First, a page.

New Mexico Sexual Battery Laws

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Criminal sexual penetration (sometimes also called “sexual battery,” “sexual assault,” or rape) is illegal in New Mexico, and punished as a felony. The circumstances of the offense determine the level of felony, which in turn determine the penalties that apply to the crime.

When it comes to rape, the law strives to protect strangers, acquaintances, and married people equally. In New Mexico, as in all states, there is no exception or defense to prosecution for rape that occurs within a marriage, although a marital statutory rape exemption does exist (to learn more about marital rape laws in New Mexico, see Marital Rape in New Mexico).

Criminal Sexual Penetration

In New Mexico, “criminal sexual penetration” and “rape” are synonymous, and occur when someone compels a victim to engage in sexual intercourse against the victim’s will. Aggravated criminal sexual penetration consists of all criminal sexual penetration perpetrated on a child younger than thirteen years old with an intent to kill or while being reckless of human life.

This crime also includes statutory rape, and greater penalties apply to offenses that cause serious bodily harm, or when perpetrator possesses a deadly weapon (discussed below).

(N.M. Code Ann. § 30-9-11.)

Penalties

Penalties for criminal sexual penetration depend on the circumstances of the crime. Increased penalties apply if certain aggravating circumstances (such as prior convictions) exist.

Aggravated criminal sexual penetration or criminal sexual penetration that involves force or coercion resulting in great bodily harm or great mental anguish to the victim is a felony in the first degree. Penalties include a fine of up to $15,000, up to 18 years in prison, or both.

When the perpetrator is armed with a deadly weapon, or criminal sexual penetration that results in personal injury to the victim (such as, for example, bruising or scrapes that do not rise to the level of “great bodily harm”, as above), is a second degree felony. Penalties include a fine of up to $10,000, up to nine years in prison, or both.

All other criminal sexual penetration is a third degree felony, which incurs a fine of up to $5,000, up to three years in prison, or both.

(N.M. Code Ann. § 30-9-11.)

Defenses to a Charge of Criminal Sexual Penetration

Defendants charged with criminal sexual penetration have the usual defenses available to all criminal defendants, starting with “Someone else committed this crime.”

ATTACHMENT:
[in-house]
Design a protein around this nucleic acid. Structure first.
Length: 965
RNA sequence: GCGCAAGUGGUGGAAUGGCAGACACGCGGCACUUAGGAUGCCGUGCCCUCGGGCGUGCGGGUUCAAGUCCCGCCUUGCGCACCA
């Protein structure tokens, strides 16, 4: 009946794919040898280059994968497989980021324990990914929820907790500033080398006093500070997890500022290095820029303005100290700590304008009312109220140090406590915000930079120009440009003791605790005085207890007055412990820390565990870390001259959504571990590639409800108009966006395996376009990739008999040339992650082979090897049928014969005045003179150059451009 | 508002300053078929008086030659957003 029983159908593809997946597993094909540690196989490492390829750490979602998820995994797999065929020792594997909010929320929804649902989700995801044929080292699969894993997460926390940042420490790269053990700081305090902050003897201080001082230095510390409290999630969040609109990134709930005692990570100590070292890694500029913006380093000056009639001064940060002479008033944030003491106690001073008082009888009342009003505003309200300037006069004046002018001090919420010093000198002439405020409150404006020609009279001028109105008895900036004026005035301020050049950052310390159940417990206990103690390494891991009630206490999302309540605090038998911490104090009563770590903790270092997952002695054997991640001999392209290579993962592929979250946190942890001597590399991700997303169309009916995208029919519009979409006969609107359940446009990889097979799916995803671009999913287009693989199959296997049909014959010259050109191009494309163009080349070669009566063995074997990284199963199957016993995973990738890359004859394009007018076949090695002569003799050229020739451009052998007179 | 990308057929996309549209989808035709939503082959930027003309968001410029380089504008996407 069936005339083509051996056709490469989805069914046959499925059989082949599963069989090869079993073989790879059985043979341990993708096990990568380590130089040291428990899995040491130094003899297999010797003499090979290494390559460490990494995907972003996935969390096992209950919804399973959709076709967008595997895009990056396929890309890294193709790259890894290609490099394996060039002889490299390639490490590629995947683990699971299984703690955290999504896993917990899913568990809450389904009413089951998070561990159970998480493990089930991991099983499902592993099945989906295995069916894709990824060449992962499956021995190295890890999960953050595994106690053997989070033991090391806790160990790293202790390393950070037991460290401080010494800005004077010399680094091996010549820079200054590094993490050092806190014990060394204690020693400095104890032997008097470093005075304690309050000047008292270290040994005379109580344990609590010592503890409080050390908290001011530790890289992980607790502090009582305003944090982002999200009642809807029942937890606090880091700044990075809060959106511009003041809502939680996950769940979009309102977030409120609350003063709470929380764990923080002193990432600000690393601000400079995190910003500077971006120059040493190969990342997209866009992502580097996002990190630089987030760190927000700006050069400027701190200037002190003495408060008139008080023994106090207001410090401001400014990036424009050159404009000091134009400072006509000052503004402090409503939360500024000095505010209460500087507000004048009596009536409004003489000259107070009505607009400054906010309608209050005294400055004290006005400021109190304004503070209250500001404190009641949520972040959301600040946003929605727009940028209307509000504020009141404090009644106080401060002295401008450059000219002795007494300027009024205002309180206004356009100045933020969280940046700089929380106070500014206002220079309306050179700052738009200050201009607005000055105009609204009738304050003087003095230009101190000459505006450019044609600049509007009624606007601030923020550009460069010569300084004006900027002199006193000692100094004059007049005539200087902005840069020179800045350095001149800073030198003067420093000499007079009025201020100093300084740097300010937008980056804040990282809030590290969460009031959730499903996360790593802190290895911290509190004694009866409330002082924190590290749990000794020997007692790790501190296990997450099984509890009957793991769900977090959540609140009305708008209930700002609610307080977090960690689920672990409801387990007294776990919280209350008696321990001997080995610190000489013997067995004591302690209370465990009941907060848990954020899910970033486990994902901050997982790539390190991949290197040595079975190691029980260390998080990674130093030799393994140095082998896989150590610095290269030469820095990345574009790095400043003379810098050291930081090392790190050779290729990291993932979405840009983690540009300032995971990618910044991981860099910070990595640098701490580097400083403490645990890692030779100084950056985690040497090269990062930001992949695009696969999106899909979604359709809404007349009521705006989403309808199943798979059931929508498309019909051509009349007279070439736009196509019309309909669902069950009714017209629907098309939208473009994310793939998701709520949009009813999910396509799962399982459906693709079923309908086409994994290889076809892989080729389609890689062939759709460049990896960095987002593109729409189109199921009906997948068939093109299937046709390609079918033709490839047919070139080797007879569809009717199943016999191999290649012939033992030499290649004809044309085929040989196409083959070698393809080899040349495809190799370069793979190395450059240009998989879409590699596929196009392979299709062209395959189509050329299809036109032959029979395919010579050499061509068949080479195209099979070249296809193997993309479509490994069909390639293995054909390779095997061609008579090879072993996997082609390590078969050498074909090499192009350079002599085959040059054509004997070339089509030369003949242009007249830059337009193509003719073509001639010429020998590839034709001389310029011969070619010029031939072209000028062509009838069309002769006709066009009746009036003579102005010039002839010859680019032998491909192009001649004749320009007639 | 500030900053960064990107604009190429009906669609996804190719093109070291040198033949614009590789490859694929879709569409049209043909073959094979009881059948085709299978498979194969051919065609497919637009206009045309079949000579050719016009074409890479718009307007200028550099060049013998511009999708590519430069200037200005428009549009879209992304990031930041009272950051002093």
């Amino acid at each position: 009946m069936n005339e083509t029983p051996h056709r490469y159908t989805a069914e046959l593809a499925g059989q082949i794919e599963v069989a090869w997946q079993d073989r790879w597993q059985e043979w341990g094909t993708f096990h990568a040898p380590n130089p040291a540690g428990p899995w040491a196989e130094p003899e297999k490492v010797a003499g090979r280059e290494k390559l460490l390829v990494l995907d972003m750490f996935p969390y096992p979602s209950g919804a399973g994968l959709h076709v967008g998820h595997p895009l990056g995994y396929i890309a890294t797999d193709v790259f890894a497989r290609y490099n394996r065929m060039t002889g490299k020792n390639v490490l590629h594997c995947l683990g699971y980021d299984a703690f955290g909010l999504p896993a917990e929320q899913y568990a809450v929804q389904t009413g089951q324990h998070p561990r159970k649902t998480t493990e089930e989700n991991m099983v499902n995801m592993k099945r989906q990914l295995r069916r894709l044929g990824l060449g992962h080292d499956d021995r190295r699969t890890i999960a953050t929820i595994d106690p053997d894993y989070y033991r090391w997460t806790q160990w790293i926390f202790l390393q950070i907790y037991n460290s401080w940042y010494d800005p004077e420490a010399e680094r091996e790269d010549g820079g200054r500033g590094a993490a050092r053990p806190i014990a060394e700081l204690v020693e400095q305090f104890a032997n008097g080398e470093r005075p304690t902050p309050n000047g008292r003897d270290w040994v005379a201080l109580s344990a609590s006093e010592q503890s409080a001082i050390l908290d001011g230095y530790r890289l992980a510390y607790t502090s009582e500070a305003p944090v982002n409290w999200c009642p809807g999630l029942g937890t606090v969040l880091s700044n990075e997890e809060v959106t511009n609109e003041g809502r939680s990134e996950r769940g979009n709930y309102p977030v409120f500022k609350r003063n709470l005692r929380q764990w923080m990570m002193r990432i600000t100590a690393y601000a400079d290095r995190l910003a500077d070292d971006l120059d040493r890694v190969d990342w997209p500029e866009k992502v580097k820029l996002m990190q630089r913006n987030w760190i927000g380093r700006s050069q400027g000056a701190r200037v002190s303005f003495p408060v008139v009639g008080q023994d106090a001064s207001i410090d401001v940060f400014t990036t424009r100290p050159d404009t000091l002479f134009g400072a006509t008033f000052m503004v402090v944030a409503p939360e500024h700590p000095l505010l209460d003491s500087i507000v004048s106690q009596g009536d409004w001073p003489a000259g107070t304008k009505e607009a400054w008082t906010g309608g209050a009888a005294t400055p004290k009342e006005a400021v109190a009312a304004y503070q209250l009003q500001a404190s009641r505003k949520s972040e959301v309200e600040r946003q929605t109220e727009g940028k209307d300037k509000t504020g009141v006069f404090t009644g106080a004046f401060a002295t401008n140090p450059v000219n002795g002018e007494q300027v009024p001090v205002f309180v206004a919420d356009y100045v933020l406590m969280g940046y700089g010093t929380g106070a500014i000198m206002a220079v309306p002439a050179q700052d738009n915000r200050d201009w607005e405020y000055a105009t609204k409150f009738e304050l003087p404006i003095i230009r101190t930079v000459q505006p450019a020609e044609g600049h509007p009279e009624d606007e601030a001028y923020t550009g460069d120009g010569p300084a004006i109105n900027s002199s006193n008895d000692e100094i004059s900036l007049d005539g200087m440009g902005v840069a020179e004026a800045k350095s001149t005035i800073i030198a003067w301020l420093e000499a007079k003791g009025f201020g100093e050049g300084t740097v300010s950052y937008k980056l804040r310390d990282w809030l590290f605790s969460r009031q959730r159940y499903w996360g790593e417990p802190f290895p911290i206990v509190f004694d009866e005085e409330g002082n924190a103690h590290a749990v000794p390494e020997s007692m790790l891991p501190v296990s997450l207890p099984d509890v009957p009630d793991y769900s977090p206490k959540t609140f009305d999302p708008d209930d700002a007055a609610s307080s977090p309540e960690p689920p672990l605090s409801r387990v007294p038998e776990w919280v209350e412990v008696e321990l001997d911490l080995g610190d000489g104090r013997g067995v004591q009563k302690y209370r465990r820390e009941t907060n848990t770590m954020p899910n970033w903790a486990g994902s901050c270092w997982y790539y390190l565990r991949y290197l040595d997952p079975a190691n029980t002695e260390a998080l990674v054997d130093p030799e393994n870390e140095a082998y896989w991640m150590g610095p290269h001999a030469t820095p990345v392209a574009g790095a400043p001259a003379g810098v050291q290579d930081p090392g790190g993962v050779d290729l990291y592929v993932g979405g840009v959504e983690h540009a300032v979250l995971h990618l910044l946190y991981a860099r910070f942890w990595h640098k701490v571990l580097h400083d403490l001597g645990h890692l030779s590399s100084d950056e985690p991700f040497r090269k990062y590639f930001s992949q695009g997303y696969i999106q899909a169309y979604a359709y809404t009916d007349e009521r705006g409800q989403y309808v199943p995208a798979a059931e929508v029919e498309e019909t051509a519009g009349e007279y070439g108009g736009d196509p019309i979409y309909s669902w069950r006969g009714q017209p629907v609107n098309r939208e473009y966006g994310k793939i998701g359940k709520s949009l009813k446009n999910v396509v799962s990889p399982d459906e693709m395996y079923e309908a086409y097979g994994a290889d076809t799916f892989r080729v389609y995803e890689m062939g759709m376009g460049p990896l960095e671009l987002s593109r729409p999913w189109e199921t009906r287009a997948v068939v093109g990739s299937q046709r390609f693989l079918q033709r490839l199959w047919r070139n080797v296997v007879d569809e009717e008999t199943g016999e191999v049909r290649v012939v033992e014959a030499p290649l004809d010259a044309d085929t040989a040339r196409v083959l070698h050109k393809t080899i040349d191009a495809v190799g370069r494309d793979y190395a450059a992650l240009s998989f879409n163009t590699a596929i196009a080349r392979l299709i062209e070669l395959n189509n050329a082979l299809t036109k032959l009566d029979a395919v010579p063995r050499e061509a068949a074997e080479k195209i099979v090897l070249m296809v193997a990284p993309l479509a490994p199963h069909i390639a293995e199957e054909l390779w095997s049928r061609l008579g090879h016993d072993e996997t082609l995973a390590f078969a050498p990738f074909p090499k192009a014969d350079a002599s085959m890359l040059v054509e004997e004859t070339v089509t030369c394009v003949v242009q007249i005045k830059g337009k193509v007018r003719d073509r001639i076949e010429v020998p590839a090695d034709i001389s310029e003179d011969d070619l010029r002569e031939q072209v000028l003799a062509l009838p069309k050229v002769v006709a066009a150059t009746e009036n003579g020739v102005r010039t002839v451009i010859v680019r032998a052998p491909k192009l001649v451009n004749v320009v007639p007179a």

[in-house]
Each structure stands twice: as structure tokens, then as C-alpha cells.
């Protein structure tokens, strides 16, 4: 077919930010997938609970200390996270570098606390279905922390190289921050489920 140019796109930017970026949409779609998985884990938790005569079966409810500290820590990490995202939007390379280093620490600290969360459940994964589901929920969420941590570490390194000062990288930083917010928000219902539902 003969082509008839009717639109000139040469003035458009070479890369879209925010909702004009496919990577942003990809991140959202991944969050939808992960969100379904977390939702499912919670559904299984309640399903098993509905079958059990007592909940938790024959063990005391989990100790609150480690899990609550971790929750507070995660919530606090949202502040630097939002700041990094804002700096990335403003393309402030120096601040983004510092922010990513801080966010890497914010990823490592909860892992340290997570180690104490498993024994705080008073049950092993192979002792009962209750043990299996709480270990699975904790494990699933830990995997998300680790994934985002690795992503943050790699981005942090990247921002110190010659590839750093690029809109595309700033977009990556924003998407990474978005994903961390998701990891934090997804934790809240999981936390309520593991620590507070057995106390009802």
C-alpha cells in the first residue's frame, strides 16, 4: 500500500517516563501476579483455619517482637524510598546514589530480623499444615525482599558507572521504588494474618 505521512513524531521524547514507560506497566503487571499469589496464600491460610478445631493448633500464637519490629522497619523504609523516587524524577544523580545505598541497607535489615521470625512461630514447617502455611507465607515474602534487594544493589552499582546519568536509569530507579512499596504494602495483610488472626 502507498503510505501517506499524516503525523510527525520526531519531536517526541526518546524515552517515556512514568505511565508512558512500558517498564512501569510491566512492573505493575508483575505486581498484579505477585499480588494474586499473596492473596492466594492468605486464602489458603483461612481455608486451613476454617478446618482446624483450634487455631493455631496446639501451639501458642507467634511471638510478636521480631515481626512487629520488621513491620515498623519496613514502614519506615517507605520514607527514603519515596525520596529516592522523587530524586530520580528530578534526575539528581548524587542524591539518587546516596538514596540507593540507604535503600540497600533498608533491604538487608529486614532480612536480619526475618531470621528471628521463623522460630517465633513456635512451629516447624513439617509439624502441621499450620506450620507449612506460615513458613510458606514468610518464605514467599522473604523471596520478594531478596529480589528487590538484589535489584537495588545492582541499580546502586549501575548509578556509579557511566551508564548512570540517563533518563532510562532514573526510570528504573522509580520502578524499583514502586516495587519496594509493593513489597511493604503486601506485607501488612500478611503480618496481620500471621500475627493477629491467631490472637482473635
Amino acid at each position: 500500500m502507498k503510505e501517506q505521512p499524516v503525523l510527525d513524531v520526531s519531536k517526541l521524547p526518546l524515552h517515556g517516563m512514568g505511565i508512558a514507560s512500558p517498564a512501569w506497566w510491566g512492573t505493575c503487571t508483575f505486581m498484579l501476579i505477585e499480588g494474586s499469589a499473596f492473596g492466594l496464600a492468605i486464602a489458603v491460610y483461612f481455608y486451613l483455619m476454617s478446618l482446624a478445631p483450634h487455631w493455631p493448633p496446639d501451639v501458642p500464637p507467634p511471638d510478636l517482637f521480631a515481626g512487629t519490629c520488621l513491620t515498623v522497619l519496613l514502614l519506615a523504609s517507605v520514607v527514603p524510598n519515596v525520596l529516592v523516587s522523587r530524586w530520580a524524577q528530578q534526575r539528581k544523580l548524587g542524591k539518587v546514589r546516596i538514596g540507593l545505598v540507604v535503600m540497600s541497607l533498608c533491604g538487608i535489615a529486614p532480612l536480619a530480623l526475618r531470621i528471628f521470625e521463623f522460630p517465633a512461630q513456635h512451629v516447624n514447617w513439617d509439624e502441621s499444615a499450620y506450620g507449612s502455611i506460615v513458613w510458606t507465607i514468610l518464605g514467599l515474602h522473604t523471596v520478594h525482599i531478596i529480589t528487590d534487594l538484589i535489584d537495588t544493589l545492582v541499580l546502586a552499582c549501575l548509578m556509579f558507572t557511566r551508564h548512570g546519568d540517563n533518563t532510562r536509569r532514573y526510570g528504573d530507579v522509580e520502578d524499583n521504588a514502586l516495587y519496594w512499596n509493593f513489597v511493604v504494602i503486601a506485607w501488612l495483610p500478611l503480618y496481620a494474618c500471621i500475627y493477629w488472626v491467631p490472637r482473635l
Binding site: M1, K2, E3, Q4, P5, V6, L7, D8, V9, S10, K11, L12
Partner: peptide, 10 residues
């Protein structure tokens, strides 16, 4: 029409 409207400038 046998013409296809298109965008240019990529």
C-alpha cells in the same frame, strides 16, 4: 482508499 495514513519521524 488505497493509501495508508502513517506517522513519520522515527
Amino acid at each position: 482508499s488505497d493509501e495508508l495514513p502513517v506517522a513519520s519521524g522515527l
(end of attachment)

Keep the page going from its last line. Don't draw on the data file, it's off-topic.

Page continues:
A defendant can also claim that the sexual activity was consensual. In a rape case, there can be significant questions about what constitutes consent or what constitutes refusal. This has led to the infamous question of when does “No” mean “No”? Does the word constitute a lack of consent as soon as it is spoken, or must the victim object more vigorously?

Another possible defense is an insanity plea, in which the defense argues that the accused is mentally ill and did not have the capacity to control his behavior, to form criminal intent or to understand what he was doing or that his actions were unlawful.

See a Lawyer

If you are facing a rape charge, consider consulting with an experienced criminal defense attorney who regularly practices in your area. Numerous defenses apply to rape charges, and a lawyer can evaluate the strength of the prosecution’s case against you and help develop any defenses that might apply to your case.

A lawyer can often negotiate with the prosecutor for a lesser charge or a reduction in penalties (such as, for example, probation instead of prison time); and will know how prosecutors and judges typically handle cases like yours. 

Help for Sexual Assault and Rape Survivors

If you are a victim of sexual assault or rape, contact Rape, Abuse & Incest National Network (RAINN) for online help and local resources.

by: , Contributing Author

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